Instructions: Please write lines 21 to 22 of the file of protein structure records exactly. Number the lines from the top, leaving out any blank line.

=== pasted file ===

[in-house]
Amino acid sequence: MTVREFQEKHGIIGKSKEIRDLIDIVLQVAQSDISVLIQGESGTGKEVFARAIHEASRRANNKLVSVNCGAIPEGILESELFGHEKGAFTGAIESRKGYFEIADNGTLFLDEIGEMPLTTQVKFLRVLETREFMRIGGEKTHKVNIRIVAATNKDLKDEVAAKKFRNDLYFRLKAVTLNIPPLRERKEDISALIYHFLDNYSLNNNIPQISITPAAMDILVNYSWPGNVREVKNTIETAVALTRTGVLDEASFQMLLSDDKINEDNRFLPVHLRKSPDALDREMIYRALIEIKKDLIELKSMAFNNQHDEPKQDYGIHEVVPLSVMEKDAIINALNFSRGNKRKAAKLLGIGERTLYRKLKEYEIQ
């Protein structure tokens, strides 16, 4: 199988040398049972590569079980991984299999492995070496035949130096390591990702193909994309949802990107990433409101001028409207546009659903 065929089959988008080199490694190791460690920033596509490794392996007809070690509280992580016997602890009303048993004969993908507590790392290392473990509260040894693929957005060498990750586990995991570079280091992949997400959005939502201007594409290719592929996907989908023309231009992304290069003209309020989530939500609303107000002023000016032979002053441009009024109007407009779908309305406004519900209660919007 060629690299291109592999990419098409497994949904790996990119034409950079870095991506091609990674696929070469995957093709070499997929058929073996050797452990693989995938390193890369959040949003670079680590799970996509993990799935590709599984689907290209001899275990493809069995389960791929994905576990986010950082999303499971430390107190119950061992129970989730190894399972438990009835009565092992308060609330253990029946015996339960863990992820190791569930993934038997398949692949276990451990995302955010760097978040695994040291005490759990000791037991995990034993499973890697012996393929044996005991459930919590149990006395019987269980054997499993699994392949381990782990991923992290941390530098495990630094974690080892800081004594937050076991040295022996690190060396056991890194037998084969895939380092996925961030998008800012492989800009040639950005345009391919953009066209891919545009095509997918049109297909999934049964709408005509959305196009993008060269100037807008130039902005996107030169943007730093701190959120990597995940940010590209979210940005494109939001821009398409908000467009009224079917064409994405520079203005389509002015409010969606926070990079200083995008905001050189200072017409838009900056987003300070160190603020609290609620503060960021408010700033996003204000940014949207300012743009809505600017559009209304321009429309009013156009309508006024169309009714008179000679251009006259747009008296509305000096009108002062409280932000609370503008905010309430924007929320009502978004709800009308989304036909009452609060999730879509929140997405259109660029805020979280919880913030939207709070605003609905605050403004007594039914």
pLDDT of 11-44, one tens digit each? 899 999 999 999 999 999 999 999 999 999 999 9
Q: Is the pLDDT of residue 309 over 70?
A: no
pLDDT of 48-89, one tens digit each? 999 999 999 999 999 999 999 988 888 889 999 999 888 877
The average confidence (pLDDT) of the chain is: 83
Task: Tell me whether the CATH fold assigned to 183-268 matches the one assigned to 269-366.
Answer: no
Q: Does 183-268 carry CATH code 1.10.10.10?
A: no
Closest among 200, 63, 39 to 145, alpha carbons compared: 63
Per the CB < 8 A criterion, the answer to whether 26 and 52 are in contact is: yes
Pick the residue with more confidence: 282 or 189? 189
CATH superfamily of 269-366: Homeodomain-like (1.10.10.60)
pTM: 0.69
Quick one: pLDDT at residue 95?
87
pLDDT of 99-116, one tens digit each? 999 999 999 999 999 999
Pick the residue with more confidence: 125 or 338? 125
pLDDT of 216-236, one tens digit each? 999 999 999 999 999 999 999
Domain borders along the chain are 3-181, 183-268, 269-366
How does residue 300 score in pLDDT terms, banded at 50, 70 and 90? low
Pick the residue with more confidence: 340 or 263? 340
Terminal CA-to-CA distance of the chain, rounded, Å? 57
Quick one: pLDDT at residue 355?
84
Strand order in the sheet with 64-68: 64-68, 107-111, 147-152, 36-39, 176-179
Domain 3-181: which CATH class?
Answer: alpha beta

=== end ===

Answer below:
Pick the residue with more confidence: 125 or 338? 125
pLDDT of 216-236, one tens digit each? 999 999 999 999 999 999 999